It’s just about winter here in Houston, which usually occurs on a Tuesday afternoon in January for about an hour. And what a terrible sixty minutes it will be if you haven’t prepared your plumbing for the cold.
Of course, we’re kidding, but while it’s true that our location in southeast Texas protects us from the piles of snow and icy roads, we do get a few bitter cold snaps each year. Unless you’re originally from “up north,” you probably don’t even think about winterizing your plumbing each year. That neglect can make itself known on the very first cold morning of the season with pipes that have frozen. It doesn’t take a lot of effort or a visit from your local plumbing company to get your pipes prepared for winter. Protecting your pipes from freezing temperatures is a task that any homeowner can do for themselves.
The key to preventing frozen pipes around your home is making sure your pipes do not get cold enough to freeze. Freezing temperatures can do a tremendous amount of damage to your home’s plumbing system. With what is sure to be the upcoming freezing temperatures here in Houston, we wanted to make sure you’re prepared to prevent your pipes from freezing.
What Can I Do to Prevent Frozen Pipes?
In newer homes with slab foundations, there isn’t very much plumbing exposed to the elements. Older Houston homes built on pier-and-beam foundations have plumbing and gas line pipes that are much more vulnerable to severe weather conditions. Regardless of your foundation type, any visible pipes around your home will benefit from any form of insulation.
Foam and fiberglass pipe wraps are very inexpensive, easy to cut, and can be installed with a few plastic zip ties. For an added layer of protection, electric heating wraps are a wise investment for water supply lines. Electric pipe wraps can be purchased for as little as $30 and can save you thousands of dollars by preventing frozen or burst pipes and the damage they can cause.
Leave the Water Dripping:
In Houston, thanks to the work of our TV and radio meteorologists, we have a lot of advance notice when freezing temperatures are imminent. Leaving a small trickle of water running in several sinks will keep the water in your supply lines moving and not allowing it to sit idle in the pipes and freeze. This applies to any outdoor faucets or hose bibs around the home, as these fixtures are in direct battle with the cold temperatures.
Disconnect AND Drain Garden Hoses:
Leaving a garden hose attached to an open spigot is a mistake people make every year, usually during the first freeze of the season. Any water in a garden hose in hard freeze conditions (less than 25 degrees for more than 4 hours) will expand, usually damaging the hose (if you’re lucky) and could cause the supply pipe for that fixture to burst as well.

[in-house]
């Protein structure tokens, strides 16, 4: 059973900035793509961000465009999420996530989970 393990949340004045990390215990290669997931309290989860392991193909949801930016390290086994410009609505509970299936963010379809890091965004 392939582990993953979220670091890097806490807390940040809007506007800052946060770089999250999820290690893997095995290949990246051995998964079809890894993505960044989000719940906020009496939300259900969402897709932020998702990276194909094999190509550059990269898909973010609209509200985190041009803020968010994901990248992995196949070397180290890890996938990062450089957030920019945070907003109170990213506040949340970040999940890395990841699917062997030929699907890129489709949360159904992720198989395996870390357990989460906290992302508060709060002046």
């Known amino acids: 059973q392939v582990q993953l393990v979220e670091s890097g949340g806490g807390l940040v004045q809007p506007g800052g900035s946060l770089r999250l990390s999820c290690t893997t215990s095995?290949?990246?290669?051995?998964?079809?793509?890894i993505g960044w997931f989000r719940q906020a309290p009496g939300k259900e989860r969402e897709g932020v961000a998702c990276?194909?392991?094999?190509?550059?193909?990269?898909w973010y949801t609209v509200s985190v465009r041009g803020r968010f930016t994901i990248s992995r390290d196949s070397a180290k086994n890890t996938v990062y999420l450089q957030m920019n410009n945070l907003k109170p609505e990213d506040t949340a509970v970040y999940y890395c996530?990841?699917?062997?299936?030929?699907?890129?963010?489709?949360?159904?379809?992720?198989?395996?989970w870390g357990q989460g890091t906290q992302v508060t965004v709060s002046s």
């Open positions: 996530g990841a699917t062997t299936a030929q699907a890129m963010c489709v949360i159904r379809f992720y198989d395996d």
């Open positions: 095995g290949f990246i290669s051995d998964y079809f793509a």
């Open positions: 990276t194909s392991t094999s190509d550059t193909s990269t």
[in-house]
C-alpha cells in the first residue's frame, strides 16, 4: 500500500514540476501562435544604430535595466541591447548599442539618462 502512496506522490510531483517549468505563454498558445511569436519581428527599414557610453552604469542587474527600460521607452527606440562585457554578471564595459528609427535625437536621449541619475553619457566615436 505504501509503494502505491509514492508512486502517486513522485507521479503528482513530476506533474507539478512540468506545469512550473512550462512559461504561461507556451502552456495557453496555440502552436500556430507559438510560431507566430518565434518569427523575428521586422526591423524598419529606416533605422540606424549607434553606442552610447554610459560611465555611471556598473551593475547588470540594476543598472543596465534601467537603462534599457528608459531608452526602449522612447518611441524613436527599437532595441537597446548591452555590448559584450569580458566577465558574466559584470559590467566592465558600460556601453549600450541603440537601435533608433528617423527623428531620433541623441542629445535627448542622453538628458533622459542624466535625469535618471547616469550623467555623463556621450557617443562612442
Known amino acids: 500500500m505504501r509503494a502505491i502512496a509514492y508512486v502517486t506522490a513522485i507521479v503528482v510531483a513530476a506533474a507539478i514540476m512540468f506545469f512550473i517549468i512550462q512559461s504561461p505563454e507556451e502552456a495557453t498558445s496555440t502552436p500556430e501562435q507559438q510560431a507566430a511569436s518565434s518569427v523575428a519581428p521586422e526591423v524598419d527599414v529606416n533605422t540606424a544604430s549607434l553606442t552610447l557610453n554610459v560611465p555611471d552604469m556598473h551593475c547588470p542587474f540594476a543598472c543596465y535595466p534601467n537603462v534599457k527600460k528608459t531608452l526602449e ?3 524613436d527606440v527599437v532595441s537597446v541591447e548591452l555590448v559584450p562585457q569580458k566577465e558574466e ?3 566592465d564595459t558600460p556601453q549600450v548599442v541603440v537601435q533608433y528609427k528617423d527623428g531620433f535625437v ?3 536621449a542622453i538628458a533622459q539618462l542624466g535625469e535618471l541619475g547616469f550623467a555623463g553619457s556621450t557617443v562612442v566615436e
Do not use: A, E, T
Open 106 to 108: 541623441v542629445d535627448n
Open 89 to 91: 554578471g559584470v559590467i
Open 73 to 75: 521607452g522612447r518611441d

Don’t just disconnect the hose and leave it outside full of water. Use a nozzle attachment to drain as much water as possible from the hose with the spigot off. Once it is disconnected, roll it up to aid with draining and store it in a garage or shed to prevent any damage to the hose.
Open the Cabinets:
Many kitchen and bathroom sinks are installed on exterior walls, meaning any pipes going to that fixture are subject to freezing. Opening the cabinets under the bathroom and kitchen sinks allow warm air to circulate the pipes, keeping them above freezing.
Opening the cabinets under your kitchen sink and beneath your bathroom vanities will allow warm air to circulate around the water supply pipes to these fixtures.
Leave the Heat On:
When you leave the house for work in the morning, or you’re going out for a short amount of time, leave the heat in your home turned on. Turning off the heat when you go out can cause the uninsulated areas around your pipes to get cold enough to freeze.
Sprinkler System Backflow:
Since the entirety of your sprinkler system is outdoors, it reigns as the most likely component of your plumbing system to freeze. Getting your sprinkler system ready for freezing temperatures is incredibly simple; you can do it yourself in five minutes with a flat-head screwdriver.
First, turn off the controller for your sprinkler system, then locate the backflow preventer and use the valve handle to turn off the water supply.
Locate the two bleeder valve set screws on the side of the fixture and turn each one approximately one-quarter of a turn (so that the screw slot is parallel to the pipe), which will release a spray of any standing water from within the backflow preventer.
And you’re done.
What if My Pipes are Already Frozen?
If despite all your best efforts, your pipes freeze overnight, it isn’t necessary to panic. Here in Houston, it is rare that we experience a “hard freeze,” so the temperature doesn’t get low enough to cause any damage on most nights. When the outdoor temperature rises, your pipes should thaw on their own.
Just because your pipes thaw out does not mean you’re entirely out of the woods. Freezing water expands and can cause breaks in your lines and fittings that will eventually start to leak. Following a hard freeze, be sure to look around your home, underneath sinks and vanities for any wet spots that would indicate a leak. Be sure to look around outside your home for any new pools of water or signs of leaks like small sinkholes.
To ensure your home’s plumbing system is free of leaks after the short winter in Houston, give Nick’s Plumbing & Air Conditioning a call to schedule your complete plumbing system inspection.